News / South Africa / Courts

Ilse de Lange
2 minute read
11 Jan 2019
6:25 am

Police minister must pay assaulted Middelburg policeman – court

Ilse de Lange

Sipho Vilakazi was assaulted by a colonel, unlawfully arrested and detained for four hours but never charged with any offence in 2009.

The North Gauteng High Court in Pretoria. Picture: Moneyweb

A Middelburg policeman who was assaulted in a “wrestling match” with a superior officer during an argument about his right to use an office fax machine has won the first round of his R3 million damages claim against his bosses.

Acting Judge Elmarie van der Schyff ruled in the High Court in Pretoria yesterday that the police minister was 100% liable for the damages sustained by policeman Sipho Vilakazi during an incident at the Middelburg police station in December 2009 when he was assaulted, unlawfully arrested and detained for four hours but never charged with any offence.

The actual amount of damages will be set later.

Vilakazi, who was a shop steward for a police union, testified that he had been suspended from the police, but defied his suspension and still went to work every day. His suspension and subsequent dismissal were nullified early in 2010.

Vilakazi said he was faxing labour union documents from an office at the detective services’ section with the permission of a clerk when a Lieutenant-Colonel Scheepers entered the office and told him he was not allowed to fax from there.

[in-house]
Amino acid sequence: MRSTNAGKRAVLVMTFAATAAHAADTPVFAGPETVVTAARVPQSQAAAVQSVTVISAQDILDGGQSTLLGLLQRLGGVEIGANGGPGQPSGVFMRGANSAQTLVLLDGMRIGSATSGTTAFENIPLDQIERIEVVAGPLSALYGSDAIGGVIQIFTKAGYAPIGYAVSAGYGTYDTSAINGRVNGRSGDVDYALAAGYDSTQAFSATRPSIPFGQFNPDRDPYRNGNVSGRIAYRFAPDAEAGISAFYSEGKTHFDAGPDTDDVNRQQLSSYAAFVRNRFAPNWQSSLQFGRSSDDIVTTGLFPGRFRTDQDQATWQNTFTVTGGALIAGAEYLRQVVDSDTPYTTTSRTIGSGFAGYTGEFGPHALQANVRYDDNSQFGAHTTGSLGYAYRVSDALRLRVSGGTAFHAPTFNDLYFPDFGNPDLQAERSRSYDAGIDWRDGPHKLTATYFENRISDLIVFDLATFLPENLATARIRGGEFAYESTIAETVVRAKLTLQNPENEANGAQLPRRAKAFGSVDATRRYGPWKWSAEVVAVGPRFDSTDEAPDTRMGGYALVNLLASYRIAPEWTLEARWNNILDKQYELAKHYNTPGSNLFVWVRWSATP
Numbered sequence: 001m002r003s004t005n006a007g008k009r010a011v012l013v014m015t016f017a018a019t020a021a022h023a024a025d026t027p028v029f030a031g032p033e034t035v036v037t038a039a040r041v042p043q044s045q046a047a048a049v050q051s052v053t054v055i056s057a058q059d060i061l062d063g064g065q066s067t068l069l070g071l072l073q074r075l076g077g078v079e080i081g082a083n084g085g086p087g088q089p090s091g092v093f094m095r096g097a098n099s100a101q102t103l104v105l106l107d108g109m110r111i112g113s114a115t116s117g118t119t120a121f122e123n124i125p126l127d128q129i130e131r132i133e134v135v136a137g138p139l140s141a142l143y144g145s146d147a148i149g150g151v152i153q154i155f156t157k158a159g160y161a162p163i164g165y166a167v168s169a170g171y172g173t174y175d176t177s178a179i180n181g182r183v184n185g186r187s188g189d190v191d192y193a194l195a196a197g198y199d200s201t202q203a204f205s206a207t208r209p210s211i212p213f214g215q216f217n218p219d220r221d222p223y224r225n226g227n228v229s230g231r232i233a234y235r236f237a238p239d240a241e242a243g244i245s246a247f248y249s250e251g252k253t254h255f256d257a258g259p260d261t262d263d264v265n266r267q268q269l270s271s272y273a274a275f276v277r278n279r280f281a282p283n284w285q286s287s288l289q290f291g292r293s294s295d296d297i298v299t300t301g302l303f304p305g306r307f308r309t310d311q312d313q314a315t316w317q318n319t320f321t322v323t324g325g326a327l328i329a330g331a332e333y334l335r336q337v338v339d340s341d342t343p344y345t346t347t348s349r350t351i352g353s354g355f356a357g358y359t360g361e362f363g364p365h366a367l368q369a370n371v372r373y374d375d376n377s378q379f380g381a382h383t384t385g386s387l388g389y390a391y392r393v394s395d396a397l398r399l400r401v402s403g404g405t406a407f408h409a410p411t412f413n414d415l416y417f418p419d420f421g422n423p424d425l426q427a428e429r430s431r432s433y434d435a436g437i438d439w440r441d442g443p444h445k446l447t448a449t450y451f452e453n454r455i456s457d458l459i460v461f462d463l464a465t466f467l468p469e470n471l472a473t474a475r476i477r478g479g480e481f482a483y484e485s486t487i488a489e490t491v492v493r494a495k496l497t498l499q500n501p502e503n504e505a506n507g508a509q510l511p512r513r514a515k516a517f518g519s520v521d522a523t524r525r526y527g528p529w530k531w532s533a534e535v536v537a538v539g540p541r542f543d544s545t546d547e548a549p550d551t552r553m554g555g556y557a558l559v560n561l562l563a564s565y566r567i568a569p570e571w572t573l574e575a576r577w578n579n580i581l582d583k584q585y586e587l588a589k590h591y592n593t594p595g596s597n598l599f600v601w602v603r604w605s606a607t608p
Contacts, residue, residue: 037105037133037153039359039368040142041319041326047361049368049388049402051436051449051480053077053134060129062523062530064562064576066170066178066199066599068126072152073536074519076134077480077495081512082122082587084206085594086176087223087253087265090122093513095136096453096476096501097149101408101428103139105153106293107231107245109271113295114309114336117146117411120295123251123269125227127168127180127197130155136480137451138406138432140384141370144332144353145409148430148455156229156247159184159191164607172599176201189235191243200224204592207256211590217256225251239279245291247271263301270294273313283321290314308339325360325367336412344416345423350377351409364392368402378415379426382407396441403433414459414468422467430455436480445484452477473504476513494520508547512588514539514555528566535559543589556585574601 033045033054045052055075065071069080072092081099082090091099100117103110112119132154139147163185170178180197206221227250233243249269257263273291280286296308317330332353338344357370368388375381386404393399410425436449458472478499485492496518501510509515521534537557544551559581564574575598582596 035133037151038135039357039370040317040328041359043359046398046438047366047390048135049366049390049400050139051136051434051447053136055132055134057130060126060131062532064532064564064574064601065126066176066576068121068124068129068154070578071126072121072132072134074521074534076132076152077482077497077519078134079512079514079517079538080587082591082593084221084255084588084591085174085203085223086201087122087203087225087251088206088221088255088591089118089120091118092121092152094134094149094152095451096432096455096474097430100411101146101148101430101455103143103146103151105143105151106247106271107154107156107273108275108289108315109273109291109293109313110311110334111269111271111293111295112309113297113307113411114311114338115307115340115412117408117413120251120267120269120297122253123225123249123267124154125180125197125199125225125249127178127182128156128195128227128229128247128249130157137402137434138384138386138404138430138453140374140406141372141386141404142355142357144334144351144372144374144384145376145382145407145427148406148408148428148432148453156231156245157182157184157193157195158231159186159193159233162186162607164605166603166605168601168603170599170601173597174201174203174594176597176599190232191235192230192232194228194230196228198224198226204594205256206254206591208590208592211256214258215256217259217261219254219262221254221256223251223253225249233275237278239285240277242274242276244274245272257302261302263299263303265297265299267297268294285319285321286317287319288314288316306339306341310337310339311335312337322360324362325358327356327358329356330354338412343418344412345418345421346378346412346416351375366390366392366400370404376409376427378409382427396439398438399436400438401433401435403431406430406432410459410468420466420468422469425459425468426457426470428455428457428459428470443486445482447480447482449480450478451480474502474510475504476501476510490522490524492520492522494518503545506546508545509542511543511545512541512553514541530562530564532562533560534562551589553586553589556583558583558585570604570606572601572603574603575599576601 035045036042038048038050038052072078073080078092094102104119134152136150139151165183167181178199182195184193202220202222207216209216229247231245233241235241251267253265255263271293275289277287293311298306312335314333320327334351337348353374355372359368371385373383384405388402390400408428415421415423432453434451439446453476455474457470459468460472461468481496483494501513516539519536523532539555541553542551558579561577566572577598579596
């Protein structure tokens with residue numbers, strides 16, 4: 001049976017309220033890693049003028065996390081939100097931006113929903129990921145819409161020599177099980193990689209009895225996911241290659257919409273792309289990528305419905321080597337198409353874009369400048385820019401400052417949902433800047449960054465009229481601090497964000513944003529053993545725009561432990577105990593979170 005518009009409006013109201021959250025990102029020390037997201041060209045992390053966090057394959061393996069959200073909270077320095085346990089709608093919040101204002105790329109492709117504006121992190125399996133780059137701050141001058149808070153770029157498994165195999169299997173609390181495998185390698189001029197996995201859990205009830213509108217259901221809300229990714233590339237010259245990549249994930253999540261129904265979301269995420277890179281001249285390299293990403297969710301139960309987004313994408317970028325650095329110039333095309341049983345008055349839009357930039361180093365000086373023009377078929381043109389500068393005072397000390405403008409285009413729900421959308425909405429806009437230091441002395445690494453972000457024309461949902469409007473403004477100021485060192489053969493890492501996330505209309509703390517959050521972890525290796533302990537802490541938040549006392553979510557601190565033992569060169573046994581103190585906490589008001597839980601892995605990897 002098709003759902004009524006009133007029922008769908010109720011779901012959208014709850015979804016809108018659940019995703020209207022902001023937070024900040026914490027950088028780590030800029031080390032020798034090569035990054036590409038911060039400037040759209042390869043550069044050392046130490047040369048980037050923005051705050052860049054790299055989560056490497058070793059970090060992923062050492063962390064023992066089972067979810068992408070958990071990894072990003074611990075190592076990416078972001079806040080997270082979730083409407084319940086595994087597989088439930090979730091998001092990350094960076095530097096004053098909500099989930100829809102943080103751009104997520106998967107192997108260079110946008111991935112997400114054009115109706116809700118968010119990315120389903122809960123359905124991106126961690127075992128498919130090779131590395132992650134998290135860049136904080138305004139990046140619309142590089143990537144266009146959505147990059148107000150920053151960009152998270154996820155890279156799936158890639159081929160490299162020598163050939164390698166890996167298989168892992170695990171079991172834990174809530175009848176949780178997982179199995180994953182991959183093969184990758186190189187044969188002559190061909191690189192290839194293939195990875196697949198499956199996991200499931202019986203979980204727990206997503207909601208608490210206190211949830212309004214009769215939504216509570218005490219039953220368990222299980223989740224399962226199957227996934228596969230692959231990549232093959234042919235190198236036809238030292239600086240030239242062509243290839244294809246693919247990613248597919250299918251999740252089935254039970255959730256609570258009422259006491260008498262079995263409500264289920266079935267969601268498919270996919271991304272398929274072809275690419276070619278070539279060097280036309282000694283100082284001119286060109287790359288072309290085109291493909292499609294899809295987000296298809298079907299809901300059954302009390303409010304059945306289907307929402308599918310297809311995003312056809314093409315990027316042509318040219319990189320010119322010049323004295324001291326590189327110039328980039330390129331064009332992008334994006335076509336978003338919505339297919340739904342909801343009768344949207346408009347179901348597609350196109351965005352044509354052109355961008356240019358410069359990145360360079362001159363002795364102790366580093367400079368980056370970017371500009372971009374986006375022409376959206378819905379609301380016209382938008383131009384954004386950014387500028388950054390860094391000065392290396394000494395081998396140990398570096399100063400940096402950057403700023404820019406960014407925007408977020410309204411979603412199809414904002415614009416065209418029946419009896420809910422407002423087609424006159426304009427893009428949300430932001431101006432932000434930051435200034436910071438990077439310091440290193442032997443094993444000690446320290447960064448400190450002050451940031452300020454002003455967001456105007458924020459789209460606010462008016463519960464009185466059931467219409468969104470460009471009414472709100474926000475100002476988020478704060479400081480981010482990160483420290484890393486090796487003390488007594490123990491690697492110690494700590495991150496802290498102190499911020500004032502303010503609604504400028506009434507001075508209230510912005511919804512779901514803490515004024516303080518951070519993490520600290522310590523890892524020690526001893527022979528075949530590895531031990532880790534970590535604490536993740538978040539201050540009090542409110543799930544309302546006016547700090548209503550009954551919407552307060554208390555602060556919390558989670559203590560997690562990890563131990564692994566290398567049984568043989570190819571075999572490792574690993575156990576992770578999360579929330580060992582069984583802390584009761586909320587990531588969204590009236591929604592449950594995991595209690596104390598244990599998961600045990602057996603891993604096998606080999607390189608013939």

When he told the colonel that as a shop steward he could fax from anywhere, the colonel grabbed him and tried to pull him away from the machine.

He pushed the colonel away, but the man lost his temper and they started fighting.

The colonel kicked him in the face, tried to strangle him and caused him to black out before he was arrested and handcuffed.

He said he was acting in self-defence as he believed the colonel wanted to kill him.

A clerk who saw the altercation confirmed the colonel had started the fight.

The colonel and two warrant officers testified that Vilakazi was the aggressor and assaulted the colonel first, refused to leave and resisted arrest, but the judge found there were discrepancies and improbabilities in their evidence and that the colonel was the aggressor.

Although she accepted that Vilakazi’s defiant attitude had angered the colonel, his physical interference gave rise to the full-scale wrestling match in which Vilakazi was injured, she added.

She found that the police could not prove any justification for the assault or that Vilakazi had committed an offence in sending the faxes for which he was arrested.


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